Friday, May 20, 2011

All Blues, all the time

He's been called the white Robert Johnson.

He was known as Jeep by his friends in the Village.

But don't call him "Junior." He's his own man. A Blues man. A Hall of Famer. And it was plain to see why last night.

But at first, I had to shake my head and re-focus my eyes because I couldn't believe what I was witnessing. John P. Hammond, this soft spoken gentleman whom I was fortunate to share conversation and dinner with just an hour prior, was transformed into a man possessed on stage right before my eyes.

The man quietly thanked the crowd for coming and introduced his opening song. He began picking and blew into his harp and from the first howl, everyone in the room knew that this was no vocation for John. Somewhere during his life he had become one with the Blues and this was his way of expressing that obvious fact.     

The way he sang and lamented, I really believed that he was all broken up inside. I really thought he was at the end of his rope. I really thought his heart was achin' and his baby didn't love him no more. I almost felt bad for the guy. He used the harmonica like a breathing apparatus. It was if he was taking oxygen from IT instead of him blowing his soul through it. It screamed and wailed as his head sunk low between his shoulders enabling him to better heave the sound from his insides through it. His eyes closed, his cheeks puffed and collapsed as his fingers and hands acted on instinct transporting the spirits long gone Bluesmen from an earlier time into that cafĂ©. His words told stories told to him.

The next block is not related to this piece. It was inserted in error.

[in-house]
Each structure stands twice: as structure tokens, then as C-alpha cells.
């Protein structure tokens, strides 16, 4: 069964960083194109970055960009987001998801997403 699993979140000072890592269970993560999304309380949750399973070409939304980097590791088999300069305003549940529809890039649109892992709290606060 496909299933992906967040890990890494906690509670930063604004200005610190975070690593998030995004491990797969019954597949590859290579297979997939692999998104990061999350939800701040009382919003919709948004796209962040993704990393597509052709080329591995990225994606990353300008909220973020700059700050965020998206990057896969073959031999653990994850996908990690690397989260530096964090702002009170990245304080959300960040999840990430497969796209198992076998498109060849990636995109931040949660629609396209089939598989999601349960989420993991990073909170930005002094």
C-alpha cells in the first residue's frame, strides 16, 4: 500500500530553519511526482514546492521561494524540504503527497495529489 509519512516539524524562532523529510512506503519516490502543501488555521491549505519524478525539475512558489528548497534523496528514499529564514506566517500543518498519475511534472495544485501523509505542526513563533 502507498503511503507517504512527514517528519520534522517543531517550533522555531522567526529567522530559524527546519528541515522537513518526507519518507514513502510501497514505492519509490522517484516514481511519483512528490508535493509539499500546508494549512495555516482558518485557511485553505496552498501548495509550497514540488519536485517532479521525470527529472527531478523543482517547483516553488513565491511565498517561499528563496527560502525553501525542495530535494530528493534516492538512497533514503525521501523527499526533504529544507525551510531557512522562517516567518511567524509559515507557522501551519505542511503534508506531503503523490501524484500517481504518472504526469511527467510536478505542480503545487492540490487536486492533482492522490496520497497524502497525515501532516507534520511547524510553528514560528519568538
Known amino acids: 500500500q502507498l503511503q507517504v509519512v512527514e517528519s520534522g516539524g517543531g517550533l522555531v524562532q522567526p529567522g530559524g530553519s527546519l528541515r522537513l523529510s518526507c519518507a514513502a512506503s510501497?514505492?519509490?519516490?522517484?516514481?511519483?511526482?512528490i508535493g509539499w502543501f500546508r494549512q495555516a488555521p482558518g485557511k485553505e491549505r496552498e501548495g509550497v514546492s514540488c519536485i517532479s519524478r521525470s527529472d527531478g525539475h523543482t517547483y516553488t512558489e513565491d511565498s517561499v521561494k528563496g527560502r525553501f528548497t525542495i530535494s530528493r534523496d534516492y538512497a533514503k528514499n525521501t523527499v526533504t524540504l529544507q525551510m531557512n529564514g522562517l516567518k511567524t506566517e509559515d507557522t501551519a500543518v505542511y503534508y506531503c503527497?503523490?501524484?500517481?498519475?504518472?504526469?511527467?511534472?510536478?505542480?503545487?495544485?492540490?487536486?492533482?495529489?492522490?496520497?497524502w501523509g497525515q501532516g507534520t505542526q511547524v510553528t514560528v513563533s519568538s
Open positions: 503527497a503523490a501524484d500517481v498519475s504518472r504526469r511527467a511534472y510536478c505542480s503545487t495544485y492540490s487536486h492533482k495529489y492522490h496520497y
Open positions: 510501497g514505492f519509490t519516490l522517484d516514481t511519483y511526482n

Between songs, the smile and peaceful, sometimes even shy conversation returned. The blues beast was well hidden from view for the moment but we all knew it would rear its head again even more gutteral and more serious than during the last tune. 

I had to remind myself that this was the same guy who was sharing fun tales about his early days at Gerde's in 1962. He talked about the shindigs at the Broadway Central Hotel and at Victoria Spivey's apartment in Brooklyn. He loved playing Folk City. 

"Folk City was THE club in the village. The Blues guys that came through all stayed at the Broadway Hotel for $4 a night and they all played Gerde's." 


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